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Gillian Gergen is a senior at Janesville High School who also will graduate from Hawkeye Community College on Friday with a degree in criminal justice.

WATERLOO — The youngest graduate at Hawkeye Community College’s commencement Friday will have to wait a couple weeks to get her high school diploma.

Gillian Gergen will graduate from Janesville High School on May 26. The 17-year-old senior has been working toward both the diploma and an associate’s degree in criminal justice for the past three years through concurrent Hawkeye courses. Concurrent courses earn both high school and college credit and are paid for by the school district.

Most of the courses are offered over the internet. This year, she also drove to Hawkeye to take three classes — one last semester and two this semester.

“I started taking Hawkeye classes my sophomore year in high school, and I’ve taken a total of 67 credits,” said Gergen, nearly all of them three-credit courses. She needed to complete at least 40 credits of general education classes and 22 credits of criminal justice classes to earn the degree.

A quirk in schedules resulted in Gergen going through the Hawkeye ceremony first. She is one of two Northeast Iowa seniors earning a degree at the college this spring. Megann Bohlken, 18, from Independence High School also will graduate Friday with an associate’s degree in liberal arts.

Janesville High School counselor Chad Angel said plenty of Gergen’s peers are taking Hawkeye classes. All sophomores visit Hawkeye for a college placement test to determine if they can enroll in concurrent courses.

“On the average, we probably have close to 40 college classes signed up,” he noted. There are 19 students in the senior class and a total grade nine to 12 enrollment of 100.

“I would say maybe the average of the kids that are taking college classes, they might complete as many as 24 credits,” he said, or about two per semester over two years. The option is pushed at Janesville because elective offerings are limited. Students can also take higher level classes at Waverly-Shell Rock High School, which a shuttle bus provides transportation to every period.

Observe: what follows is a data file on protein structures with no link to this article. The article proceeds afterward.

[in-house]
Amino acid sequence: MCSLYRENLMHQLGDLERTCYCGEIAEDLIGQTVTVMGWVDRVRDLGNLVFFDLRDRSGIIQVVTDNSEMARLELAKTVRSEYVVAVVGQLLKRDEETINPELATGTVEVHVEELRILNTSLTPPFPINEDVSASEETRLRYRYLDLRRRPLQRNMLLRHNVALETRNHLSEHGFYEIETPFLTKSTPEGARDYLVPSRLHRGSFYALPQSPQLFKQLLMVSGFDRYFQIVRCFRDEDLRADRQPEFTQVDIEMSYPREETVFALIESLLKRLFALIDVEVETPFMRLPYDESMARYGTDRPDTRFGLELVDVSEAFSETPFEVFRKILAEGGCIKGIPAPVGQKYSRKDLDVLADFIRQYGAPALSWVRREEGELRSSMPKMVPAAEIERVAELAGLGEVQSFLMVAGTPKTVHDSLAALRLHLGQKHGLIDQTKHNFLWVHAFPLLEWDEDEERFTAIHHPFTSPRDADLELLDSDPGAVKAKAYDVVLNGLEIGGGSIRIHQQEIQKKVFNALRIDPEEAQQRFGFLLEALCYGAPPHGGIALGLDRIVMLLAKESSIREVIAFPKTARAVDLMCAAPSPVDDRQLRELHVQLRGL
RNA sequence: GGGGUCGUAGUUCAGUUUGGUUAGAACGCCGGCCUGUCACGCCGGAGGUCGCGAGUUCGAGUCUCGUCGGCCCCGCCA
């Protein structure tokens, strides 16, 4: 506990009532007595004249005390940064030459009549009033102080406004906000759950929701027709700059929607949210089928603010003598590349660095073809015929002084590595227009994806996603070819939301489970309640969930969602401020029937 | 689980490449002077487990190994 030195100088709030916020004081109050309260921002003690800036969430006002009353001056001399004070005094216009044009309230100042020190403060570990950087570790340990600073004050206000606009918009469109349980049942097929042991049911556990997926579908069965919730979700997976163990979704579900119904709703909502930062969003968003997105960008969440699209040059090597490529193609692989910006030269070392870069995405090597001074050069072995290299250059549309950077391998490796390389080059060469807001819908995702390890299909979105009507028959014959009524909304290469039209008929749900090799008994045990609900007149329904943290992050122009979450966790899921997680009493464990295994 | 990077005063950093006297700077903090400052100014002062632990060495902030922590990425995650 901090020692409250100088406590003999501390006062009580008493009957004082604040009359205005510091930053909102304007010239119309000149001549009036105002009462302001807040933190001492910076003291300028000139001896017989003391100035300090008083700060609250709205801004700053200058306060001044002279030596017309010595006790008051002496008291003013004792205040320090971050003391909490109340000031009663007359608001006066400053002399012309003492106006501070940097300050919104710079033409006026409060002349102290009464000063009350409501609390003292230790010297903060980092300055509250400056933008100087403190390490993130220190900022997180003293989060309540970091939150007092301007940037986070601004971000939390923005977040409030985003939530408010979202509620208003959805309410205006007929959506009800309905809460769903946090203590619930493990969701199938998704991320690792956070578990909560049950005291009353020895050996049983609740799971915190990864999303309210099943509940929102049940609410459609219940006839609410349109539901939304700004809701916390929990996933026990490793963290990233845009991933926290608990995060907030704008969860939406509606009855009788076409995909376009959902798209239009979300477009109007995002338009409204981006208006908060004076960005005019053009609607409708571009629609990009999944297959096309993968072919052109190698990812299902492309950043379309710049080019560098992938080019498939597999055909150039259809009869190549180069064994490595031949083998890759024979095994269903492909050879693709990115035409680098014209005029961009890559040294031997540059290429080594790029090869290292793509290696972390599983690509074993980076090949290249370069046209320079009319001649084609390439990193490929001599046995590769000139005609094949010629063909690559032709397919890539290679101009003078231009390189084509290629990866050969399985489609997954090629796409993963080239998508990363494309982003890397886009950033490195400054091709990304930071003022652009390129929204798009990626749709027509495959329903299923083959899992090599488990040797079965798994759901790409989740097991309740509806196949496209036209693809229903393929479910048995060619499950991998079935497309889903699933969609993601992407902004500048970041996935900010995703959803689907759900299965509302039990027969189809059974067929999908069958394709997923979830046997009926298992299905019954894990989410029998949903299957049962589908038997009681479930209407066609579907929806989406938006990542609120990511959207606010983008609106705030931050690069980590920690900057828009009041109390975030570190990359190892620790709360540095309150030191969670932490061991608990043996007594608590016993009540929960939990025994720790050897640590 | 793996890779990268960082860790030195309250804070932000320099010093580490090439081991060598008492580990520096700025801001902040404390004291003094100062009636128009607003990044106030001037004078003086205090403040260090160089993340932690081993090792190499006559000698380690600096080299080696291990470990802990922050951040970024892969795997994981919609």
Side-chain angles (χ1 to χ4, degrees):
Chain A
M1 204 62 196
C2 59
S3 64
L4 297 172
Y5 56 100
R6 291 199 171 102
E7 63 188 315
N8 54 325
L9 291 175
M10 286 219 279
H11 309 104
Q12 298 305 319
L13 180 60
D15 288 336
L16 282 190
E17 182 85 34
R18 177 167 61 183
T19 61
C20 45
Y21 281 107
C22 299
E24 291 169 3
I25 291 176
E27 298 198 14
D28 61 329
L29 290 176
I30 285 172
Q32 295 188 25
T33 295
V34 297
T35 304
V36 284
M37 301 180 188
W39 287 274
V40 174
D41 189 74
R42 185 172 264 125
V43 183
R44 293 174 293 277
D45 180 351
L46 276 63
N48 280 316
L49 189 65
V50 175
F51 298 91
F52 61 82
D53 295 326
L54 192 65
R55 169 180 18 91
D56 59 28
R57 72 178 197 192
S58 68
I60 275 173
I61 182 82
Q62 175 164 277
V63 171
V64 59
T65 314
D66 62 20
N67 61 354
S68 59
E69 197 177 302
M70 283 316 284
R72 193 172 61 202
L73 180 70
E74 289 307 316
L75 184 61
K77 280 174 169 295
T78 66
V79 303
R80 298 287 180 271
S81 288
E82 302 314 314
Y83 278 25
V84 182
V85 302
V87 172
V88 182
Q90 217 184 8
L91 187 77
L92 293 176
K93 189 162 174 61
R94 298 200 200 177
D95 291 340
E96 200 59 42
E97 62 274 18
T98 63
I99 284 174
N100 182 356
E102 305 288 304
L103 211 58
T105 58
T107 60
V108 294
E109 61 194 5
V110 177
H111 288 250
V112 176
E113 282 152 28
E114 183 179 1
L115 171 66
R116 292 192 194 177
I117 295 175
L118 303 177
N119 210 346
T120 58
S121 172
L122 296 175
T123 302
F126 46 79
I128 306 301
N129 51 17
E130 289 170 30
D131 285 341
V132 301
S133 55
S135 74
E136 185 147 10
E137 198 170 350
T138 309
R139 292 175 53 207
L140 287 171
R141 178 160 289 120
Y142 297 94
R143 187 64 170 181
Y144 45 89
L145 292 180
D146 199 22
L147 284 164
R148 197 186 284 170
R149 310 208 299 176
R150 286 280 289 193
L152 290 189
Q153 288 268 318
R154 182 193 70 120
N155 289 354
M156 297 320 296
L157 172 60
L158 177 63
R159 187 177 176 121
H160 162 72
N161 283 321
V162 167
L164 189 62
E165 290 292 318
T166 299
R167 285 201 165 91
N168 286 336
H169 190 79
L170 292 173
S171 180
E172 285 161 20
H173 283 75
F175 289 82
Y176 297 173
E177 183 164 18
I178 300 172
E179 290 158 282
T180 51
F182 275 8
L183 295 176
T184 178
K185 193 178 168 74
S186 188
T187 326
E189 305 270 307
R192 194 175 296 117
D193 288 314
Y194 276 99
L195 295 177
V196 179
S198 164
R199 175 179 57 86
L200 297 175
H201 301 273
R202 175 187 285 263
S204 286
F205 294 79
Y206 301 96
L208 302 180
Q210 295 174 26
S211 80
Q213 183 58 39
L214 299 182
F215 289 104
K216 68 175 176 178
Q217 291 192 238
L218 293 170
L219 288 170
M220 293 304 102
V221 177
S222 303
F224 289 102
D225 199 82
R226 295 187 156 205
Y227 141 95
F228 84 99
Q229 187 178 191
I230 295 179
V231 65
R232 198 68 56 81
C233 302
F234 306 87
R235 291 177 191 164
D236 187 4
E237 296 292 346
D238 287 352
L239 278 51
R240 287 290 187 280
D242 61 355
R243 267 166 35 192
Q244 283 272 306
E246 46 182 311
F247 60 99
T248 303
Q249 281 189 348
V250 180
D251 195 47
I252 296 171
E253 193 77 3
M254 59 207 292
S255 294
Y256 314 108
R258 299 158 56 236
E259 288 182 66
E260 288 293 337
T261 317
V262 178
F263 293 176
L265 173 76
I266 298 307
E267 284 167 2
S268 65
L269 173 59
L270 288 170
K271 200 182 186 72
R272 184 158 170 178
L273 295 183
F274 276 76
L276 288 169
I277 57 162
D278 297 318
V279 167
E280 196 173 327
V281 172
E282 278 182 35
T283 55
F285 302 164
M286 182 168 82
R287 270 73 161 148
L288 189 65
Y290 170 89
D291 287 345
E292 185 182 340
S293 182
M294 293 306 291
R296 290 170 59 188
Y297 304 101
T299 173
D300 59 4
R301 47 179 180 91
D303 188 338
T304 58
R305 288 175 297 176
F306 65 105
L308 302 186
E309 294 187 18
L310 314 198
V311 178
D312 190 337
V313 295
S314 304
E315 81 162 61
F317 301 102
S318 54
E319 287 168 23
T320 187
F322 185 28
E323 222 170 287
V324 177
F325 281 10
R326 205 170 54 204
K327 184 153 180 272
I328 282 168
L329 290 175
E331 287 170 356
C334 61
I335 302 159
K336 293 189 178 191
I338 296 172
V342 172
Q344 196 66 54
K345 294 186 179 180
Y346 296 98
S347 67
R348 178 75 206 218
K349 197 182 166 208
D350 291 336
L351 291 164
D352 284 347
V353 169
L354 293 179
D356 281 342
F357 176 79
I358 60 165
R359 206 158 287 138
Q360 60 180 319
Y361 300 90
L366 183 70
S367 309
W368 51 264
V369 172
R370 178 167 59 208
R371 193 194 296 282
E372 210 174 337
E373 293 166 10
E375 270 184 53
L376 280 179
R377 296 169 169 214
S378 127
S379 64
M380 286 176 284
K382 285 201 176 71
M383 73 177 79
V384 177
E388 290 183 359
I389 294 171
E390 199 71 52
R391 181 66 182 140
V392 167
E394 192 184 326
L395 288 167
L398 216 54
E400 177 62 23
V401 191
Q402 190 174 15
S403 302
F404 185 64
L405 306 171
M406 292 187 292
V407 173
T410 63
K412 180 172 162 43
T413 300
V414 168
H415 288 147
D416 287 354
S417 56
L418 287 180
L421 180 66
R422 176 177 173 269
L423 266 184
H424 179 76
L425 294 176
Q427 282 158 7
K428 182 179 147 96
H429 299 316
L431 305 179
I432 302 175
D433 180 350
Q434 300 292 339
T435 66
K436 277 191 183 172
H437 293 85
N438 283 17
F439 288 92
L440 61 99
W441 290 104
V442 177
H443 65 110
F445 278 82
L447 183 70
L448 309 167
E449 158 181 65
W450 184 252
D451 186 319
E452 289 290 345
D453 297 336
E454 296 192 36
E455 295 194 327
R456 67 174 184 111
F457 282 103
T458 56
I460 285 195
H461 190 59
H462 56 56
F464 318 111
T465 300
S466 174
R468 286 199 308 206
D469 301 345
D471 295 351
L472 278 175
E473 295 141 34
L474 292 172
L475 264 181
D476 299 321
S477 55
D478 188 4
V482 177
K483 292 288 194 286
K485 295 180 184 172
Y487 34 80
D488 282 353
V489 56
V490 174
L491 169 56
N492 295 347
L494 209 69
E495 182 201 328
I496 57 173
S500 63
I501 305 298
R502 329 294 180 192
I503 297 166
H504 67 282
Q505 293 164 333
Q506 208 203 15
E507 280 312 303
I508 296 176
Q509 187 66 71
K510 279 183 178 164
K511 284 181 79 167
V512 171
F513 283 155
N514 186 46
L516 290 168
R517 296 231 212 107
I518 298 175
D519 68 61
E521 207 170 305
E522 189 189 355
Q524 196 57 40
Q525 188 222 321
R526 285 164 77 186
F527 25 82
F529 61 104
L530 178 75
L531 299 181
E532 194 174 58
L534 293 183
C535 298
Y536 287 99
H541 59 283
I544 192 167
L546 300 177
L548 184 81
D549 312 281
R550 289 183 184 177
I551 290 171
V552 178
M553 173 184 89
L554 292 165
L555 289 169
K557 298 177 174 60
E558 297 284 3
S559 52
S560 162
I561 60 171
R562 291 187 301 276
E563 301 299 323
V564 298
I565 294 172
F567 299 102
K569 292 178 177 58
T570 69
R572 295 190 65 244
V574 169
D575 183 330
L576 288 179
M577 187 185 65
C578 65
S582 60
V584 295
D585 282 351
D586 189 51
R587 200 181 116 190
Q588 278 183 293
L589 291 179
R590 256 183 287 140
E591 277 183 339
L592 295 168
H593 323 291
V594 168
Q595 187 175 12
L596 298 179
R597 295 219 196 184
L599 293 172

Across Hawkeye’s 10-county service area, there were 2,045 high school students taking 2,941 college credit classes of all types during spring semester. Along with the online option Janesville utilizes, classes taught by qualified instructors are offered at some schools or through the college’s outreach centers in Independence, Waverly and Grundy County.

Sophomores in Janesville’s talented and gifted program can take college classes. Other students generally can start taking the classes their junior year.

Gergen didn’t initially plan to earn a college degree in high school. She did, however, have the example of a Janesville senior who graduated at the end of her freshman year with a Hawkeye degree.

“I thought it was a cool idea, and then I saw it was possible,” she said.

A fondness for TV crime dramas played into the choice of a criminal justice degree. But, Gergen added, “I really got my interest from my dad.”

Her father, Chris Gergen, is an investigator with the Waterloo Police Department and has been an instructor in Hawkeye’s criminal justice program for the past three years. She has taken no classes from him.

Many of Gergen’s classes will transfer to Drake University, where she will play volleyball on a full-ride scholarship. Drake doesn’t have a criminal justice major. She will double major in psychology and sociology with a minor in biology.

“What I want to do with that is get into the law enforcement field and work kind of with a profiler status,” she said.

That goal was motivation for Gergen to pick up the pace after taking only four Hawkeye classes as a sophomore. The online course offerings were key.

Being on campus this year “was really new to me, so I was a little scared,” Gergen said.

“I definitely feel like I gained a lot of new skills and education,” she noted. “And I definitely feel it will help me when I move on to my university.”

“She’s pushed herself, she’s challenged herself to put herself in this position,” said Angel. “We’re just super proud of her.”


Education Reporter

Education reporter for the Courier

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